Here's some less-than-welcome news for the commuters who just had to endure a particularly grueling winter driving on downtown Minneapolis roads.
No, there isn't more snow on the way (not as of this writing, at least). But starting on Monday, a "redesign and reconstruction" of Hennepin Avenue will kick off — and last through 2022.
The three-year project, which will take place between Washington Avenue and 12th Street, aims to upgrade Hennepin's pavement, sidewalks, bike lanes and utilities (i.e. the sewer system, which the city describes as "1880s-era").
So what does this mean for your commute? For one, traffic will be reduced to one lane in each direction "for the duration of utility construction," and according to this PDF, you can also expect to encounter the following:
- Public and private utility work requiring the use of heavy equipment that will increase noise, vibration, and dust in work areas.
- Pedestrian detours as needed to facilitate construction needs.
- Changes to Metro Transit, with "all buses" being detoured to Nicollet Mall.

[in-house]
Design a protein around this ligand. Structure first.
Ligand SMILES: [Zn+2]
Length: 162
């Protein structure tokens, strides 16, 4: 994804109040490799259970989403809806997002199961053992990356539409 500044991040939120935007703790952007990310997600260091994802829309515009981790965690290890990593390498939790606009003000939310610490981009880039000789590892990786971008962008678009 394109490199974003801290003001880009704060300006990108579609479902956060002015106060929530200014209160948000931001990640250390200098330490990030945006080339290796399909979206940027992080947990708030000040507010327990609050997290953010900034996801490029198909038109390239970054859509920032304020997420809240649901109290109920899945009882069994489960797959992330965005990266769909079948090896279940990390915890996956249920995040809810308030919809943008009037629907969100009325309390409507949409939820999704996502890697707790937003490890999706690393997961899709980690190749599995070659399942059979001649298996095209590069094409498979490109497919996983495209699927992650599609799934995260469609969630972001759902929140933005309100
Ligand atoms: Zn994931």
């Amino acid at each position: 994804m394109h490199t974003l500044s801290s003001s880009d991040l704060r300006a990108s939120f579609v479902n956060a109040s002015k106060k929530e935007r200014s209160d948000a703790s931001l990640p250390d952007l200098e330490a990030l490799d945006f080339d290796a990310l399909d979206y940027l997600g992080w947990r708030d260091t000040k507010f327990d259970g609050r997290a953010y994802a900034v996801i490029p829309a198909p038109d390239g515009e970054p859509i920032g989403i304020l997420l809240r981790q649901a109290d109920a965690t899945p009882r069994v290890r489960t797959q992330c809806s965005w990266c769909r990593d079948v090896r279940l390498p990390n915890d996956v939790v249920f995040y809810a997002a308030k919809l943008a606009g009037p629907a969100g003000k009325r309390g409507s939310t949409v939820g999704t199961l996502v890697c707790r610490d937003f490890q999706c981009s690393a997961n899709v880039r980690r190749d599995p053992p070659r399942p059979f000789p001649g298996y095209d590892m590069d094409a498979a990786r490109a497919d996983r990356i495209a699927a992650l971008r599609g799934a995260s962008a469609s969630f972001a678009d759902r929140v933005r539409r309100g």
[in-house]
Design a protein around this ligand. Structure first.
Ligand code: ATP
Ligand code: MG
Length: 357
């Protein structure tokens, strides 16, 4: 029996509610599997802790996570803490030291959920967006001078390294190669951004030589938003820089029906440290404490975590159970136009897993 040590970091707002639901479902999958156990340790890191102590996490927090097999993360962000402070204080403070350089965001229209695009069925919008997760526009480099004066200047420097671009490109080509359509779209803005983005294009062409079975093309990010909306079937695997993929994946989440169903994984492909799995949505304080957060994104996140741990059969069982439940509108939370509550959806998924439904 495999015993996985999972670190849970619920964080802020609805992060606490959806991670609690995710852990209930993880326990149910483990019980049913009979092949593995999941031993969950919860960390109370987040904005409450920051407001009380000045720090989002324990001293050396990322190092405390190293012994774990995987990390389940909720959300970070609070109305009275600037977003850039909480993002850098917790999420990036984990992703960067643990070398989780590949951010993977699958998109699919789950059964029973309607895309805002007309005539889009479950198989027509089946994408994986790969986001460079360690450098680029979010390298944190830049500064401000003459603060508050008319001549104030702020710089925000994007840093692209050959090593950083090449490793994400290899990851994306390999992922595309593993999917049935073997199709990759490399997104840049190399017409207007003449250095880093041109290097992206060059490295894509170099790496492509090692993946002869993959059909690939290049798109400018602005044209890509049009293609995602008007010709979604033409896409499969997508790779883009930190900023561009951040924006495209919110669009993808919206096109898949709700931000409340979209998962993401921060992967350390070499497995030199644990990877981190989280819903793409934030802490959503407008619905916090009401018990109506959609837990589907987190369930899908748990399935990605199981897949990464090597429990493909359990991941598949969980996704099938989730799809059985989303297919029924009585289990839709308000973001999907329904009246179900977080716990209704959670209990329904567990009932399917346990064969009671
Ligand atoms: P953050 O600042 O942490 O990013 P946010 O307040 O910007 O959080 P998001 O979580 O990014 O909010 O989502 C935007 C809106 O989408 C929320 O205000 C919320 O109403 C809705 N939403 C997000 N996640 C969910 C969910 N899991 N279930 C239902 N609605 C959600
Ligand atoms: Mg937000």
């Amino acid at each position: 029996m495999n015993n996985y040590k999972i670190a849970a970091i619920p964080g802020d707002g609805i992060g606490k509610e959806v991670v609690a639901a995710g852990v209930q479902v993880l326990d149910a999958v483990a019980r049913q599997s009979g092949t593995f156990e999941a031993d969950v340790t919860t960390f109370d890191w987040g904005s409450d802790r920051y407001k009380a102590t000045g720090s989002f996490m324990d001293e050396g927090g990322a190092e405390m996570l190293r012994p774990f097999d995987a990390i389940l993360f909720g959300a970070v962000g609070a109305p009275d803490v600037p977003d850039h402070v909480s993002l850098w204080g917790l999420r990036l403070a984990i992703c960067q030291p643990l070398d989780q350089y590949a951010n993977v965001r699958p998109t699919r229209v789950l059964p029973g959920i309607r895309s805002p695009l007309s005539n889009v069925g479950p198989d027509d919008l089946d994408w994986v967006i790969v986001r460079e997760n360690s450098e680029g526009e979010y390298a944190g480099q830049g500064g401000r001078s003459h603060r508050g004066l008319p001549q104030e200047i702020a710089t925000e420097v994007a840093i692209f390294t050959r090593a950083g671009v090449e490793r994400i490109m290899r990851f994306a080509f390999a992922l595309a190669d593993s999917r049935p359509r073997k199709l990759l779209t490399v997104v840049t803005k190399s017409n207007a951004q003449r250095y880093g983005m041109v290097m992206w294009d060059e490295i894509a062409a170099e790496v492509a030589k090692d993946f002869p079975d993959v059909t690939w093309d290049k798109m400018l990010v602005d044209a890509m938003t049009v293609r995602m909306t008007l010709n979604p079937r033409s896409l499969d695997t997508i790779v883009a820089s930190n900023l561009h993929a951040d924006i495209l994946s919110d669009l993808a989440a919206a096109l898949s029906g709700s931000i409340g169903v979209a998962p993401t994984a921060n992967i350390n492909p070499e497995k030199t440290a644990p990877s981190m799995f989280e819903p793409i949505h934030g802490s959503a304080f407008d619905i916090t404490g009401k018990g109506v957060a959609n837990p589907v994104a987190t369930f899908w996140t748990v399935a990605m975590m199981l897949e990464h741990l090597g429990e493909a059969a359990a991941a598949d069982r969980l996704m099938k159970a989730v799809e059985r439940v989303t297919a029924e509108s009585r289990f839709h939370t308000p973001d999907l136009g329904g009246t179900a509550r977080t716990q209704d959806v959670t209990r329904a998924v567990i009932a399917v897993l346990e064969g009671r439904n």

- No left turns on or off Hennepin Ave.
- Cross streets will also be reduced to one lane at times.
All the work is badly needed, however, with the city noting the street was last rebuilt in 1986.
The improvements will include a "sidewalk area able to support pedestrian activities with space for planting and furnishing zones"; more room for "enhanced transit stops compatible with future Arterial Bus Rapid Transit service"; one-way, behind-the-curb bikeways; and "generally four vehicle lanes, with Hennepin Avenue remaining a two-way street."
Also planned are "streetscape enhancements" and other upgrades that will ensure Hennepin Avenue "moves into the future as a functional and vibrant space," the project website says.
Luckily, as the Star Tribune points out, "the work won’t happen all at once," with the first phase of the project happening over two years between 12th and 7th streets, and the second happening between 7th Street and Washington Avenue "sometime in 2021."
The paper says the upgrade will cost $23 million, though the city says the cost is estimated at $20 million.
Either way, it's being paid for with city, state, and federal transportation transportation funds; the latter of which accounts for about a third of the total project budget.